Valentine’s Day


Catherine McIntosh, Reporter


The national holiday that celebrates love and romance is on the rise once again. Stores like Safeway, Target, Hallmark and others are filled with heart balloons, red and pink chocolates, and fluffy teddy bears all waiting to be bought and enjoyed by a loving couple. Younger children may celebrate by sharing candies in their class while teens go on romantic dates whilst holding hands. Even our school begins to fill up with massive PDA followed by the exchange of flowers and stuffed animals while our capitalist system feeds off our lust for cheap products representing our affection for our significant other. We see that as we grow older we tend to solidify our feelings towards this specific day, whether it’s positive, negative, or completely neutral.

The romantic holiday known as Valentine’s Day has a history most don’t know about. Some who were asked had no idea when or where it started and one even believed the holiday was started by the candy companies to increase sales. Senior Andrew Boyd knows only that, “It has something to do with a guy called St. Valentine”. He’s not wrong, as the holiday was named after this gentleman. St. Valentine became well known during the 3rd century in the Roman Empire. According to, “When Emperor Claudius II decided that single men made better soldiers than those with wives and families, he outlawed marriage for young men”. St. Valentine disagreed with this decision and continued to marry young lovers. This, in turn, lead to his execution. But to this day, families, couples, and friends celebrate around the country gifting chocolates, cards, and flowers to show our loved ones how much they mean to us.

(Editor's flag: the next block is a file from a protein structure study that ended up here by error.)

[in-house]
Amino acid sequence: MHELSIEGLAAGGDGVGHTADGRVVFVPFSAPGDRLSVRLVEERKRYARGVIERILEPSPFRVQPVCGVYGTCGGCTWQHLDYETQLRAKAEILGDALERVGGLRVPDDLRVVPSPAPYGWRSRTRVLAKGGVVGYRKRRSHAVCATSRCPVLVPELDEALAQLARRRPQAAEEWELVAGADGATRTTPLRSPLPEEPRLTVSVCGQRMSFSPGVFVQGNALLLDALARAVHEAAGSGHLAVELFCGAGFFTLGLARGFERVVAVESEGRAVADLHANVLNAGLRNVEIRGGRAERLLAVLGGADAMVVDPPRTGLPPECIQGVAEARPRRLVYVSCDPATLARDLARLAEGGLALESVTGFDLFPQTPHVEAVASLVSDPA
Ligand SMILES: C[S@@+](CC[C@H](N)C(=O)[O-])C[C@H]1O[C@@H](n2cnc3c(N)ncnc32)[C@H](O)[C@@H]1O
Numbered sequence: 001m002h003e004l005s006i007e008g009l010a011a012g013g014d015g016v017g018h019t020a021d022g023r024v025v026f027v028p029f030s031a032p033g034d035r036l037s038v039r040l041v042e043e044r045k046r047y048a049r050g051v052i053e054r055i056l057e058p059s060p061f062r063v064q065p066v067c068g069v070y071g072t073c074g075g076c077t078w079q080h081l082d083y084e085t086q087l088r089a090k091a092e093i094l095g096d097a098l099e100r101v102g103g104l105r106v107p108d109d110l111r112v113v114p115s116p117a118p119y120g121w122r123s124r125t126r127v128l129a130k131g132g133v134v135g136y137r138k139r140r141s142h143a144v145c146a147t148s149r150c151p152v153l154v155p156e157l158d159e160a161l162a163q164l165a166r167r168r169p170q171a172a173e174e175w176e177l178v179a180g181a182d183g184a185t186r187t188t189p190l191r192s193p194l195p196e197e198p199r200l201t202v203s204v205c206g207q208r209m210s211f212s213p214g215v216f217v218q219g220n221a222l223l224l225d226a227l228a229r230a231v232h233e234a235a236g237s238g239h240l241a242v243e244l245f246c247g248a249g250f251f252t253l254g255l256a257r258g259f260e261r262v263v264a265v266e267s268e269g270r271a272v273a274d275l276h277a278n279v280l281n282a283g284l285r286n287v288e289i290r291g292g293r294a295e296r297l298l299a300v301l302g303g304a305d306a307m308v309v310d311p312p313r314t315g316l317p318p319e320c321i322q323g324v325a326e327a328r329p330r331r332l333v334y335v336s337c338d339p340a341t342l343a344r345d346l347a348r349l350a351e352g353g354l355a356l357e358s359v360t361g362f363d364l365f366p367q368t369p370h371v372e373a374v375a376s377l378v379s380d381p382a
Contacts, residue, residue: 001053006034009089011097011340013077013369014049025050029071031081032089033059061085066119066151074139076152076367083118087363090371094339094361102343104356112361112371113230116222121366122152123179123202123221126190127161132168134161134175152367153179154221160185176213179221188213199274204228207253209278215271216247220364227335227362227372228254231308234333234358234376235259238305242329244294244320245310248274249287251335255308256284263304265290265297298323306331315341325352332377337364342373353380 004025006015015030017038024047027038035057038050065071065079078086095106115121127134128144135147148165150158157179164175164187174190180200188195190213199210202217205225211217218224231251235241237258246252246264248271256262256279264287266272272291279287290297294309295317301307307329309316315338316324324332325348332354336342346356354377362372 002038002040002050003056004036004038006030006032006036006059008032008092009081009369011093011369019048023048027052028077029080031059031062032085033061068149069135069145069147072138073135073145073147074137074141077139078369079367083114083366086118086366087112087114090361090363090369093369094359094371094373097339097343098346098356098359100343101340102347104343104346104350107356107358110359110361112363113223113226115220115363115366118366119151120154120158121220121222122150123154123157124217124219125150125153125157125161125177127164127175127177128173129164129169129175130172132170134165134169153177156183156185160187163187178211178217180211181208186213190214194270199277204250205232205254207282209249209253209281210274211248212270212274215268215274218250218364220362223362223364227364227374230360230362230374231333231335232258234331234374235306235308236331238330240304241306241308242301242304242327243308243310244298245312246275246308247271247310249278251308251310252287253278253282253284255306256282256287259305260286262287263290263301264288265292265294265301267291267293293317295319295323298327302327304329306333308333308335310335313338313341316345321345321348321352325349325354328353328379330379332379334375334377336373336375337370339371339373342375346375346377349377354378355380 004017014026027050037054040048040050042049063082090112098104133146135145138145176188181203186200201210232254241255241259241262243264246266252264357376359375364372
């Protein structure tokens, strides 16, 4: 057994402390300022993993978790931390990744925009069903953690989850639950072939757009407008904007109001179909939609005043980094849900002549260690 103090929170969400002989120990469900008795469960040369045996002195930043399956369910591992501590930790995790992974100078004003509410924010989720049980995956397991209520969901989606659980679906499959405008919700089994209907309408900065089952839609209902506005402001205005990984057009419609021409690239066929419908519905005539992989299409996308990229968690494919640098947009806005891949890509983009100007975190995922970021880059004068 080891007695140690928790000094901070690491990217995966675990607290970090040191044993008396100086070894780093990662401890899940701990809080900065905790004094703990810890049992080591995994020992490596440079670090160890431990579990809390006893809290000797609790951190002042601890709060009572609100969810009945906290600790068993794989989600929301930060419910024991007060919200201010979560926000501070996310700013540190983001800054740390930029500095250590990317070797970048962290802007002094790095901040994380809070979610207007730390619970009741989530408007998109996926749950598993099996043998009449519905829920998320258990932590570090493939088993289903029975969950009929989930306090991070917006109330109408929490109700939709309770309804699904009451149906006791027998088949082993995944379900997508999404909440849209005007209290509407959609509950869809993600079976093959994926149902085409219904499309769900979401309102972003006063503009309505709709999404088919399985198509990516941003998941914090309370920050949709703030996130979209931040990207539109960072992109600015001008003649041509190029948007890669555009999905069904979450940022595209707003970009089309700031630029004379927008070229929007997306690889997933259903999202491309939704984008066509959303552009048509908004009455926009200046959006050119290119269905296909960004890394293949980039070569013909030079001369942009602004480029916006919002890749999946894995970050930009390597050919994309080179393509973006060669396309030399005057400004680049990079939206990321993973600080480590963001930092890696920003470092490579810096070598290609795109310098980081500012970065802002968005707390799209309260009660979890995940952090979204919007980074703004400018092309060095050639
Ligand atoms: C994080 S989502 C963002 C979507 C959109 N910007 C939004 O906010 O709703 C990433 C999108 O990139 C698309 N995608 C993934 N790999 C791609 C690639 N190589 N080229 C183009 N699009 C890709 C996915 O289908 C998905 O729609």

When high school students look back on their elementary years, Valentine’s Day consisted of giving out candies to their classmates and making heart shaped crafts together. Celeste Wilhelm, a third grader at Centennial Elementary School, says she is very excited for Valentine’s Day. For her, February 14th is not a day for romance but a day to give and receive candy,  “We have a party in our class. We give candy to each other and put them in our baskets we made,” says Wilhelm. When she was asked if she had a Valentine, she gave an embarrassed grin but replied with a loud and prolonged “No”, obviously wanting to change the subject. Her brother Micah Wilhelm, a 7th grader at Washington Middle School, does Valentine’s Day a bit differently. Although he recalls doing similar things his sister is doing in elementary school, this year he is celebrating with his girlfriend. However, when he was asked if he was excited for this special day, he replies with, “I don’t know, it’s just not my holiday”. Junior Wu Merkurieff also feels unattached to this holiday, “I’m not excited for Valentine’s Day at all because I’m single,” he says with a laugh. “I usually go eat Panda Express or something,” he explains. A definite correlation between age and the fondness of Valentine’s Day begins to show as Boyd answers with the most unenthusiastic mood out of all the interviewees. He says, “I’m not excited for Valentine’s Day because I’m single and it doesn’t matter”. It seems that the older students get, the less positively they appear to think about about the 14th of February.

Valentine’s Day is something everyone can enjoy and celebrate whether they are in a relationship or single. If you decide on surprising your special someone or locking yourself in your room to cry and watch romcoms, do what makes you happy. Just remember that showing how much you love someone should be done everyday and not just once a year.